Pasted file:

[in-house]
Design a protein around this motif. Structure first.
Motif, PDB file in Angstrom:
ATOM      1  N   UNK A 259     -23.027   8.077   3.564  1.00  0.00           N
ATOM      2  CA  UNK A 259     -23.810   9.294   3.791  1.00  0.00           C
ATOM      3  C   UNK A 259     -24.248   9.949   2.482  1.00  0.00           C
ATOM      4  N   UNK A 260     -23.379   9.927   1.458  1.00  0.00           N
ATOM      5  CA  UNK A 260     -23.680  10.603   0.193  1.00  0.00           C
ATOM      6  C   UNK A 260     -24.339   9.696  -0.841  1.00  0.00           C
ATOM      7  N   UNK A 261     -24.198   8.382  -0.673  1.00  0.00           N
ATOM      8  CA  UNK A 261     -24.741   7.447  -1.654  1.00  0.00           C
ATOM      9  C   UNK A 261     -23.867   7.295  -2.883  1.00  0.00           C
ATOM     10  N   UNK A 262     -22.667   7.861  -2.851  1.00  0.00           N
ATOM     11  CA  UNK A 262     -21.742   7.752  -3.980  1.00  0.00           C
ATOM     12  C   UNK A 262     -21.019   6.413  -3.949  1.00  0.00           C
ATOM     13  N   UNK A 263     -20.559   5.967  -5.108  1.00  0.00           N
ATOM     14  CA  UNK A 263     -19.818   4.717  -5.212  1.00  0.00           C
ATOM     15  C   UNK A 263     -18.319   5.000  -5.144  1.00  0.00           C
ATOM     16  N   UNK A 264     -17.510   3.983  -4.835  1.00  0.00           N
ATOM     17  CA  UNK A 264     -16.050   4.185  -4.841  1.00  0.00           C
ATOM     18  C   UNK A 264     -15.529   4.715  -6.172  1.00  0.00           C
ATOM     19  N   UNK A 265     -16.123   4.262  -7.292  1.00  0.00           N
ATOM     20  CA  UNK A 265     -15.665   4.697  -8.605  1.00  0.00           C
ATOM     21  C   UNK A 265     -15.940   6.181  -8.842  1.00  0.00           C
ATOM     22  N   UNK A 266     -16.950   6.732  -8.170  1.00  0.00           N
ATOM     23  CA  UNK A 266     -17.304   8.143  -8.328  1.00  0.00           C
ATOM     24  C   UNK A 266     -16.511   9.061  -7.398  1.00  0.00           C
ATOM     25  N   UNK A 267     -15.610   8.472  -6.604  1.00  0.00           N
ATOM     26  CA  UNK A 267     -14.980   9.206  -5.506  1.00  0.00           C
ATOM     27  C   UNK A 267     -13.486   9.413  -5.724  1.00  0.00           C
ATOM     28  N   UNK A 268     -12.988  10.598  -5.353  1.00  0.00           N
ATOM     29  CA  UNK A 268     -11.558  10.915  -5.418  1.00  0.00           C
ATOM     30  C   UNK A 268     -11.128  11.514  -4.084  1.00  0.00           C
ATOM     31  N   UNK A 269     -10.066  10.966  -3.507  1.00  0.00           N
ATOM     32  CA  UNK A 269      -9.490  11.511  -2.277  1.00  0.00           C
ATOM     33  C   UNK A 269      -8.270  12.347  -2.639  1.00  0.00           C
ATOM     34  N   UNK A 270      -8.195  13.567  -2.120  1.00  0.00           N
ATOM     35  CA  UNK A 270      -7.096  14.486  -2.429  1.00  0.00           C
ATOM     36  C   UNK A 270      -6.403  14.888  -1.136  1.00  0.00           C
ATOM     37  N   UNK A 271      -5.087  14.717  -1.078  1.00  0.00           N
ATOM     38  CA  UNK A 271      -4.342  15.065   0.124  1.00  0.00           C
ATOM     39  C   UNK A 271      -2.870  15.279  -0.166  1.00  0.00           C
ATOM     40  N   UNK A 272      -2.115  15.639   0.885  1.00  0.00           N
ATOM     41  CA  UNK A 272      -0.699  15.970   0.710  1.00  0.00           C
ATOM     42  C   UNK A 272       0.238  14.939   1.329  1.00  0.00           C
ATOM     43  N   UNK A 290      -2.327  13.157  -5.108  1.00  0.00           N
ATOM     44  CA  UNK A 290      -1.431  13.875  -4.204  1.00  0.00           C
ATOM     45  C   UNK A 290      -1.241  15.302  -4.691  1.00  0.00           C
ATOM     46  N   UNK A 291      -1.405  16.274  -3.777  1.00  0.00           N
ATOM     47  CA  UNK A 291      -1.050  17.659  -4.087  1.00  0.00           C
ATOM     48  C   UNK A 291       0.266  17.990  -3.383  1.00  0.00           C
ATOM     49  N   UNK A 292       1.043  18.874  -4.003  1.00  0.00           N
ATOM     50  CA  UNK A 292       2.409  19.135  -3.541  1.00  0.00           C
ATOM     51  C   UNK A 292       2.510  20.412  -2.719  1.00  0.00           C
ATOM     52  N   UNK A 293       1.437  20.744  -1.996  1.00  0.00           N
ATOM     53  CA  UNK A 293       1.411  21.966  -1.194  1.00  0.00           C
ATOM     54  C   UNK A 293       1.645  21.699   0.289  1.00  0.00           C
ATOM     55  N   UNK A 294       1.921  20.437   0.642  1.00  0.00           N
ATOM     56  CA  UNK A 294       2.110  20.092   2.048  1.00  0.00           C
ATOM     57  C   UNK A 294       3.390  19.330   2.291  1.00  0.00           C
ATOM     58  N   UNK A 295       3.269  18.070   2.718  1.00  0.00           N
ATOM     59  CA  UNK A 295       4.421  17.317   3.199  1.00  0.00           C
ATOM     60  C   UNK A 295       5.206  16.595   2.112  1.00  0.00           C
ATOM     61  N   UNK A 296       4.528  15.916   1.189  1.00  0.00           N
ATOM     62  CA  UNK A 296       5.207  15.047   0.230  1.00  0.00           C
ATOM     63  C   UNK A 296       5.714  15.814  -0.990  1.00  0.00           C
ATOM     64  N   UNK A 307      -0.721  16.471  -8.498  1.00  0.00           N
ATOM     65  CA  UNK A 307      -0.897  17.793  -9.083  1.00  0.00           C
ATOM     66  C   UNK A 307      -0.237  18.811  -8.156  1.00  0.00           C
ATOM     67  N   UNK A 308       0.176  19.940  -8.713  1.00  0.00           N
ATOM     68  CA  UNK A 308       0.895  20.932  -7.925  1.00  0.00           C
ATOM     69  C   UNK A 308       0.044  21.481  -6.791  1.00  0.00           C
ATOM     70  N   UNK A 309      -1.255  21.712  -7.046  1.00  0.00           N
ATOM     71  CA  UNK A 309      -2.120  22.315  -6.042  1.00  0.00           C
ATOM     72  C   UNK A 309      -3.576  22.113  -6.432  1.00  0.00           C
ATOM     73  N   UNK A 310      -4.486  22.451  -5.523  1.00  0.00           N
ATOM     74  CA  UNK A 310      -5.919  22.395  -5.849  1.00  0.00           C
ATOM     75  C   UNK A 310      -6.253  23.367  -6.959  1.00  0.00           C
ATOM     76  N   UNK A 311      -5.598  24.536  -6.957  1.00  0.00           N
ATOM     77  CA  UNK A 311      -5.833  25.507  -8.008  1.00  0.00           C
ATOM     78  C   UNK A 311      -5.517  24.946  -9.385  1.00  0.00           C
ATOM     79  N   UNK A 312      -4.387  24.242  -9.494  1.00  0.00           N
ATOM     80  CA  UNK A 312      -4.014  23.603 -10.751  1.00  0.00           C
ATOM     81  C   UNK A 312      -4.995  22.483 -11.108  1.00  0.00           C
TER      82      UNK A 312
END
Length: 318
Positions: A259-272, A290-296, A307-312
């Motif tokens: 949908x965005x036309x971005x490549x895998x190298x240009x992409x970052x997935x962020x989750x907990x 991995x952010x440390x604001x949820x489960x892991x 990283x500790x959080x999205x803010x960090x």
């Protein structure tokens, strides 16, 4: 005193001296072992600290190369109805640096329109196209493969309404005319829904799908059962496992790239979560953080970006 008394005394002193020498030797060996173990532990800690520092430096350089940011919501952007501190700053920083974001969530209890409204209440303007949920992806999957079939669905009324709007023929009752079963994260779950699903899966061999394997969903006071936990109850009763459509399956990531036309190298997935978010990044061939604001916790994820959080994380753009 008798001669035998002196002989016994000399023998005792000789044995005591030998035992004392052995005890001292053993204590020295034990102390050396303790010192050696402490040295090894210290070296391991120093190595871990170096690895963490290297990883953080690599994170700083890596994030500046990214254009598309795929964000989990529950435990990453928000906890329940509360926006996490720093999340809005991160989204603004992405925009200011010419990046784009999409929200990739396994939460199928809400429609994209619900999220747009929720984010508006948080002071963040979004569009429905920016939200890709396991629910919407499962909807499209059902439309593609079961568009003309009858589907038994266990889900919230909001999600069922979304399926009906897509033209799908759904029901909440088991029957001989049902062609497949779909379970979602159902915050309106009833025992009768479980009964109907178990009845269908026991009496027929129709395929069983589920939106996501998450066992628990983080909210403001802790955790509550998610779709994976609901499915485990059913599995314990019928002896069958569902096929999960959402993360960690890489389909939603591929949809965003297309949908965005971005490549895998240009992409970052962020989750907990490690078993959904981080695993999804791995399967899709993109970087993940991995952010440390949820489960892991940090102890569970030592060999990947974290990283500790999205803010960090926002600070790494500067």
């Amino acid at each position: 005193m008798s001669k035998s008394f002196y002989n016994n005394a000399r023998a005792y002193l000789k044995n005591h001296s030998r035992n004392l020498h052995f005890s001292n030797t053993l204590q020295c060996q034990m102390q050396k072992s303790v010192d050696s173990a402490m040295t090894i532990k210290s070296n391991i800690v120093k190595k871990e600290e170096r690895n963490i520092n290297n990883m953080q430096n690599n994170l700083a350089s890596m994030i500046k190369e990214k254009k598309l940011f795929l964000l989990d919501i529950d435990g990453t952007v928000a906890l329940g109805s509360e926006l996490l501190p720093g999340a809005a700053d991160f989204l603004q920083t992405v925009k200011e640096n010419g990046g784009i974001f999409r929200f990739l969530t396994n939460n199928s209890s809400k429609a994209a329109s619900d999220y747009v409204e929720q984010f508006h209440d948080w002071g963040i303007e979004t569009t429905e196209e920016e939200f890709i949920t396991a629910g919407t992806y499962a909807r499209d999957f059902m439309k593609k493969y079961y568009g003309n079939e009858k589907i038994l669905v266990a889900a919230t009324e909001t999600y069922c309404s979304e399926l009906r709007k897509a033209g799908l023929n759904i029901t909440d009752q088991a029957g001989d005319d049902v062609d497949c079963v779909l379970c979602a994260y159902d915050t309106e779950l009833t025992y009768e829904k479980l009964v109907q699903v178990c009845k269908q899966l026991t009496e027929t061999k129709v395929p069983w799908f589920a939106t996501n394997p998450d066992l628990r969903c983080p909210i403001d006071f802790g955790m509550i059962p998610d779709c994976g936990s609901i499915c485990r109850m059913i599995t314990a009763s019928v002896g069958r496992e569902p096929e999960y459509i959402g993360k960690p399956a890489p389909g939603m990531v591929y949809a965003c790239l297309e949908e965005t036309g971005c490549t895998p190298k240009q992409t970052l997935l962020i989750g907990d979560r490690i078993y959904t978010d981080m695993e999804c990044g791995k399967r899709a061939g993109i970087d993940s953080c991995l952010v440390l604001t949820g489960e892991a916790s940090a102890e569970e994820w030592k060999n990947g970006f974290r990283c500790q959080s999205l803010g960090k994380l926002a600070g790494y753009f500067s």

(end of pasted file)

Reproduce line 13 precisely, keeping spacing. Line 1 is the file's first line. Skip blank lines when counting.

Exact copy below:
ATOM     10  N   UNK A 262     -22.667   7.861  -2.851  1.00  0.00           N